ST2 signaling underlies IL-33-mediated cardiac protective function in pressure overload . Here, we further confirmed that pharmacological inhibition of EGFR signaling abolished IL-33-mediated pro-survival effects and blunted IL-33-mediated anti-fibrotic function in vivo. The EGFR ligand Areg exerts cardioprotective functions in a mouse model of myocardial infarction ; Treg-derived Areg also promotes myocardial repair following injury [48, 49]. Our results suggested that IL-33 likely elicited pro-survival signaling in cooperation with Areg- or HB-EGF-mediated EGFR signaling to promote cardiomyocyte survival following catecholamine-induced cardiac stress injury.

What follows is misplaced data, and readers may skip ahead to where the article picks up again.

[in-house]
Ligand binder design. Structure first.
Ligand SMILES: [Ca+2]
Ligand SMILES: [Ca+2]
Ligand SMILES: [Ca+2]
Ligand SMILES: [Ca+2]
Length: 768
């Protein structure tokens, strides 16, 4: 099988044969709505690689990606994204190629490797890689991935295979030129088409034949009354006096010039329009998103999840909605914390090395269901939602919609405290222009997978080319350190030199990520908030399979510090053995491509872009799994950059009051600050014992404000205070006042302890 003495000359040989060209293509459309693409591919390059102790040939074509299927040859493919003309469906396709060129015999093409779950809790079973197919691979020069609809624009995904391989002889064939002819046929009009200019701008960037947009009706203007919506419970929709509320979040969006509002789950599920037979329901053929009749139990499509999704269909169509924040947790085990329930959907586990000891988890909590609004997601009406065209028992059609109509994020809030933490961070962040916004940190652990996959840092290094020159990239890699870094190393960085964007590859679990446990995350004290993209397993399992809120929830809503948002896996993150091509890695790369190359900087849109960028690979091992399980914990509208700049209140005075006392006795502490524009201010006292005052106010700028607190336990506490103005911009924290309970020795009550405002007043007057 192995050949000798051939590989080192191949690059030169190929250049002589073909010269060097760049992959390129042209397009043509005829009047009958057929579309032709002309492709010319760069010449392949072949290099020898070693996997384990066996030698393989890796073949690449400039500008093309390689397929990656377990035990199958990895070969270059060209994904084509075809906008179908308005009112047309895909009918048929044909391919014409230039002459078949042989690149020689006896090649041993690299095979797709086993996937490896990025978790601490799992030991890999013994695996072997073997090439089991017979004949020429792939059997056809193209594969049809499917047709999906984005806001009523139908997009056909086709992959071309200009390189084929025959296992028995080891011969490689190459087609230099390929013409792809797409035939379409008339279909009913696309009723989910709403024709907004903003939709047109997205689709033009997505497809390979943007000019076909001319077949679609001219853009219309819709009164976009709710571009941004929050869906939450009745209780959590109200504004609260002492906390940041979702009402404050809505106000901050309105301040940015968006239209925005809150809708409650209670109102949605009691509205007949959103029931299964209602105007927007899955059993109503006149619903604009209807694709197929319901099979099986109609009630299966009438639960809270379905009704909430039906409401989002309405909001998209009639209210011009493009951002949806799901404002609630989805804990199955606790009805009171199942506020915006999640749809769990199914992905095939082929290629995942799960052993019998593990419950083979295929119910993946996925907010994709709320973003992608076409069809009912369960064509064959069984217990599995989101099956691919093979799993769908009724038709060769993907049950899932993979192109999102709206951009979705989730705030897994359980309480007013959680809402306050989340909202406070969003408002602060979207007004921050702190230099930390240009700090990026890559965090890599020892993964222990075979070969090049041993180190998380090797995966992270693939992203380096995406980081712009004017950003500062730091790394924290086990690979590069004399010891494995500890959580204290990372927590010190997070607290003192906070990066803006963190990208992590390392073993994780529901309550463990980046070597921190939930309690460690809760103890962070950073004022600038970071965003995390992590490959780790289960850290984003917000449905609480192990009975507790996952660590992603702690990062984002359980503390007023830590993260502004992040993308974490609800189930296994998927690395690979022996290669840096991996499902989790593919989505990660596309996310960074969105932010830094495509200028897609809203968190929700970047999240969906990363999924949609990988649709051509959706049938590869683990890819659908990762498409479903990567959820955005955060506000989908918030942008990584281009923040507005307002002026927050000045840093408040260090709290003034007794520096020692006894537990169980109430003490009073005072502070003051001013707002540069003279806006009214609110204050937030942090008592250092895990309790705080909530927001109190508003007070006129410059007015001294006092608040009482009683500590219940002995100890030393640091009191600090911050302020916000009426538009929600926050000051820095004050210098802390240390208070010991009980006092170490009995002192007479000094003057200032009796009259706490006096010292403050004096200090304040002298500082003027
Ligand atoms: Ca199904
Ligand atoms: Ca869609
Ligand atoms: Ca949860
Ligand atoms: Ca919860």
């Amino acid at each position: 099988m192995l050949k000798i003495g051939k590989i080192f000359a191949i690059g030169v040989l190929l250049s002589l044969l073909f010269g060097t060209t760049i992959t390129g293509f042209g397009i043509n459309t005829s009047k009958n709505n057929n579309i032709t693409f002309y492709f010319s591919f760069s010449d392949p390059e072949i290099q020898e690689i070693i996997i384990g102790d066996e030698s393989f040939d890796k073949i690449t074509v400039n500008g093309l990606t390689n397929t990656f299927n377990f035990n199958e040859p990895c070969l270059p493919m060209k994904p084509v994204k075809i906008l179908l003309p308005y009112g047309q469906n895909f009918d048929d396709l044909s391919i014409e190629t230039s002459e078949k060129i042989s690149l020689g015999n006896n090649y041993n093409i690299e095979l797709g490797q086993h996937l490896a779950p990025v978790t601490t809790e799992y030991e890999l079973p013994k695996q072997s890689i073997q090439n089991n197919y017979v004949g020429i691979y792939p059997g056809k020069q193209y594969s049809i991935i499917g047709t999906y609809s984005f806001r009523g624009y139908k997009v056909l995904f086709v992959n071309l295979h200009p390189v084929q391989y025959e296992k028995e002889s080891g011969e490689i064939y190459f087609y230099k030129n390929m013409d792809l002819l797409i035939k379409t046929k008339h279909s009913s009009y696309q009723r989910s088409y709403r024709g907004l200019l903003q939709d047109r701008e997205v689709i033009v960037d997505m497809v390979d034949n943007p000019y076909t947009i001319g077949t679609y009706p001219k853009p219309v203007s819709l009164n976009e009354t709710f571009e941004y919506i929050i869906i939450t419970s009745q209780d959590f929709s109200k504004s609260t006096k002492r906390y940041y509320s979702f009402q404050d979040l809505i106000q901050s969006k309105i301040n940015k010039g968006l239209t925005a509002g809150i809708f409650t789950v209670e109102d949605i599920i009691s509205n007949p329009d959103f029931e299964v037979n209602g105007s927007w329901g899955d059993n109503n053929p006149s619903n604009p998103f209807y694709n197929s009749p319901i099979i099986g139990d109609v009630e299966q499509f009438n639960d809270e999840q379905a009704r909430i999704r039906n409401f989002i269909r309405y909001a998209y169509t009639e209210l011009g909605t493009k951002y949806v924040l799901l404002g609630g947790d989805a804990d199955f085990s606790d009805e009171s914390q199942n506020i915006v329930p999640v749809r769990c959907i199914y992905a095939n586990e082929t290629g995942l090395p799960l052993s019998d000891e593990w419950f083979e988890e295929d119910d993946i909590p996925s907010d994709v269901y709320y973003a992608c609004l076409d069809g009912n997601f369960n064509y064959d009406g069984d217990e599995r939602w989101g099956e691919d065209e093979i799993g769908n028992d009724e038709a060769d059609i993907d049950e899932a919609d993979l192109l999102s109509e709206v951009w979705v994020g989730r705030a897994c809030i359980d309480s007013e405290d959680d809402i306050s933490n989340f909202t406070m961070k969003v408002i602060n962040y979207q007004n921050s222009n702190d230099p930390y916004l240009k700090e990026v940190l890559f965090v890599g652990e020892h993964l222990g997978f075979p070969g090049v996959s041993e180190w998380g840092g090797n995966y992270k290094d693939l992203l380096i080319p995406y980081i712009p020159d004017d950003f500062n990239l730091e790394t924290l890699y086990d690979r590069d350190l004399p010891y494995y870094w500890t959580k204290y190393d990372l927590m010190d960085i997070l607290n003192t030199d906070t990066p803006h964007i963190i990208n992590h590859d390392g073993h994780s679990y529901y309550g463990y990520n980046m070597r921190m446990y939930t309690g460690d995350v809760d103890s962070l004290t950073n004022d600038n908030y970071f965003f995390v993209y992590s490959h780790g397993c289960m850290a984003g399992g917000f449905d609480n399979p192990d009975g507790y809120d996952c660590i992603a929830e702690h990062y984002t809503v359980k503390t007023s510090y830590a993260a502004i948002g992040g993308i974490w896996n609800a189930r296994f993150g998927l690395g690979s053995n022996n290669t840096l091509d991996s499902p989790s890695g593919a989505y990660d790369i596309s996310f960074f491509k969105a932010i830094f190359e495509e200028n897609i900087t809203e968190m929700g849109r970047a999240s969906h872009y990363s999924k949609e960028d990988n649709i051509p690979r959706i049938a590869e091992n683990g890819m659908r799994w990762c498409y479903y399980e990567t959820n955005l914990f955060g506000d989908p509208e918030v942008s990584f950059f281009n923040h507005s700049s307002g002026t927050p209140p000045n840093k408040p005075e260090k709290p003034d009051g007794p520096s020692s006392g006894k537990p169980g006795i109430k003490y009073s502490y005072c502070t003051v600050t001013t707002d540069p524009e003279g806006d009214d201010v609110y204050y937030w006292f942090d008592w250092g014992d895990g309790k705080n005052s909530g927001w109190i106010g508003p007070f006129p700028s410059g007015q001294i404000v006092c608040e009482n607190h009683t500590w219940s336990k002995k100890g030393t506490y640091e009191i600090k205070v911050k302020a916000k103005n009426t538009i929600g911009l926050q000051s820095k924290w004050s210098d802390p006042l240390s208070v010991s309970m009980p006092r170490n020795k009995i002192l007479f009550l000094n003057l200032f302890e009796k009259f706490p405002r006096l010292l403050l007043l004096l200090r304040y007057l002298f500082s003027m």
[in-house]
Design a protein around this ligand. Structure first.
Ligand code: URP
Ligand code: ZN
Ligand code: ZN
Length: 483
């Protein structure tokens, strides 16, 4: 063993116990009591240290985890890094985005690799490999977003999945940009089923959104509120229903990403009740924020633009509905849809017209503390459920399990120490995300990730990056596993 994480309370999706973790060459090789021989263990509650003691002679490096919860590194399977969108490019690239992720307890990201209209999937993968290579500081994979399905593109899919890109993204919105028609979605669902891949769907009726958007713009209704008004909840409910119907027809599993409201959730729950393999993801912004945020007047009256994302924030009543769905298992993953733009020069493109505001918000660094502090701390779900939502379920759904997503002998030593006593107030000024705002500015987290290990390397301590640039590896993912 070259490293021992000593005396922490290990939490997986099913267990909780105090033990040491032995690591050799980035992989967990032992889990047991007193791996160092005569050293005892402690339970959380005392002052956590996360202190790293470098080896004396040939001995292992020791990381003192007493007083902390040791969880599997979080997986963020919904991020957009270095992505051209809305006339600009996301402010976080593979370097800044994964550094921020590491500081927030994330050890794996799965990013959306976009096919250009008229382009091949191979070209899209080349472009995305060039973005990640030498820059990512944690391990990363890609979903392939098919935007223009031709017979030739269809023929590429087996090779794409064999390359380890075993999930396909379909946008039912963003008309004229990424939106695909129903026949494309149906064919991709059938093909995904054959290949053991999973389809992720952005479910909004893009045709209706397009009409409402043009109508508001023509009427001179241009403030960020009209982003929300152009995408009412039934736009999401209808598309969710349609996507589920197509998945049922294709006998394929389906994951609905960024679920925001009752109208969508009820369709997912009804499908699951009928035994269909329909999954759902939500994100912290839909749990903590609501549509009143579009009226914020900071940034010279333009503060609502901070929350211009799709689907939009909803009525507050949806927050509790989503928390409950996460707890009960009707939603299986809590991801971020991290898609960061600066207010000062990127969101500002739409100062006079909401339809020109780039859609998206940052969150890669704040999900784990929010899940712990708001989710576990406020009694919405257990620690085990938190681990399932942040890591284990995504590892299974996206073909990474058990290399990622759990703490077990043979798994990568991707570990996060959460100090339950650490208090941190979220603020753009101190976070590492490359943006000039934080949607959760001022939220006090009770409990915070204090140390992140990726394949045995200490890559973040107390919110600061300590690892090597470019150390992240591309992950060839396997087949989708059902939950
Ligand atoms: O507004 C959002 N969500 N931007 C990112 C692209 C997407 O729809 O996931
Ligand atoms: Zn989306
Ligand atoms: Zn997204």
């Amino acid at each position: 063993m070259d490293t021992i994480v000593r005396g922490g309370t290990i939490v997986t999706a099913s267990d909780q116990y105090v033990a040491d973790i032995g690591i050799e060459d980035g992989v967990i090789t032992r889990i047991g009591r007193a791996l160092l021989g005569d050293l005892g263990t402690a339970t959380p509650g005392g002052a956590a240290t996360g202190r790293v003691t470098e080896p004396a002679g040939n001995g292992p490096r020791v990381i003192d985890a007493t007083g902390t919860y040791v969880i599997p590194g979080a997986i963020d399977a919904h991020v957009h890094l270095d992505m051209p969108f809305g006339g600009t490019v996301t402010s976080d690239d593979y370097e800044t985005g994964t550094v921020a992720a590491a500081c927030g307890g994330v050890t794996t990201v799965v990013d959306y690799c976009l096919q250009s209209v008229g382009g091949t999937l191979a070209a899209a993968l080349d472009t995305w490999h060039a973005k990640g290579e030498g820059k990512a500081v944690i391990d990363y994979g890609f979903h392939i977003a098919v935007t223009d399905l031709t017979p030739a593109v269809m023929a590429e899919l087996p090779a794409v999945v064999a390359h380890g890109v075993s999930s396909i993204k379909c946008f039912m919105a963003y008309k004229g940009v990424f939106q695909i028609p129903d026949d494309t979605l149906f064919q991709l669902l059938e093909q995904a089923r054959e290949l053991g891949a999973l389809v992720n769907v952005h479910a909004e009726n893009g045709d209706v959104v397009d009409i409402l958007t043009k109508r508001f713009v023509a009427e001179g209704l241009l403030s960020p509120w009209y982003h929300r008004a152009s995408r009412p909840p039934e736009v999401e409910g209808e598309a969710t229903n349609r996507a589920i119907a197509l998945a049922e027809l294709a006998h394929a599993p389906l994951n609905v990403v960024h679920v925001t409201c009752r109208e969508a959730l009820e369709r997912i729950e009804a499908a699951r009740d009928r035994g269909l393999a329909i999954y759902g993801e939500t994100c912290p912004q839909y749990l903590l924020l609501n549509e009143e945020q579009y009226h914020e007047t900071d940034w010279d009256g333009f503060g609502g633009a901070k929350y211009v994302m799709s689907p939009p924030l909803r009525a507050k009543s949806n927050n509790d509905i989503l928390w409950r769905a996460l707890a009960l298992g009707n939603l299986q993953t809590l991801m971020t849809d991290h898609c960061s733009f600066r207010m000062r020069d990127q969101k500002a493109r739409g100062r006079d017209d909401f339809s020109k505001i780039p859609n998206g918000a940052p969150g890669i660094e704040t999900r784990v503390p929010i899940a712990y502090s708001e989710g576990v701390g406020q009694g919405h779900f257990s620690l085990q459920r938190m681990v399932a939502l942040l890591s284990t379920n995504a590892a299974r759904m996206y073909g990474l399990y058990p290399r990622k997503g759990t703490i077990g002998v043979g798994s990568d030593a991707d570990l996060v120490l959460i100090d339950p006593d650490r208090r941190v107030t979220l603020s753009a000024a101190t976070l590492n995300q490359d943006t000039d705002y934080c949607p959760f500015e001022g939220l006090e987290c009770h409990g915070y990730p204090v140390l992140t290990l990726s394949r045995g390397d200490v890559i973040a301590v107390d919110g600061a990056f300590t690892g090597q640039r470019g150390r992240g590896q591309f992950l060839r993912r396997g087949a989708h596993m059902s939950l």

IL-13, a crucial mediator to promote M2ϕ activation, may mediate the effector function of ILC2-associated type 2 immune responses [50, 51]. Our results revealed that IL-13 is required for IL-33-mediated M2ϕ activation in vivo, which may imply that the IL-33/ILC2/IL-13 axis contributes to tissue repair via M2ϕ activation. Although IL-13 activation exerts both beneficial and detrimental functions in tissue repair and fibrosis, our results demonstrated that IL-13-mediated M2ϕ activation is required for optimal IL-33 cardiac protection. Further study to dissect the optimal time window for IL-33-based therapy for treating tissue fibrosis might be crucial as excessive ILC2 or IL-13 signaling activation in the context of allergic conditions might lead to adverse tissue remodeling and detrimental side effects [52-54]. In a recent report showed that ILC2-dependent activation of eosinophils via IL-5 contributes to the development of pericarditis . In our model, we also observed increased number of eosinophils in the heart after IL-33 treatment (Figure 3G), whereas we did not observe clinical or histological phenotypes of myocarditis according to echocardiography and histological assessments. This discrepancy might due to the difference in the dose of IL-33 administered. In addition to their pro-inflammatory role, eosinophils have been reported to be beneficial in the repairing process of the injured myocardium [55, 56]. Recently, the regulatory eosinophil population has been shown to ameliorate disease onset in a rheumatoid arthritis model . These suggest a context dependent and bi-functional effect of ILC2 in balancing excessive inflammatory responses and inflammation resolution. Further study is required to elucidate the regulatory role of the ILC2/eosinophils axis in the pathophysiology of pericarditis, myocardial injury, cardiac fibrosis, and resolution of inflammation. We also identified IL-10 and G-CSF as potential mediators involved in ILC2-mediated immunomodulatory functions. The anti-inflammatory cytokine IL-10 promotes inflammation resolution . G-CSF is protective in myocardial infarction [59, 60]. Whether IL-33-mediated cardiac protective effects require these factors to exert their effector function in the tissue reparative response requires further investigation.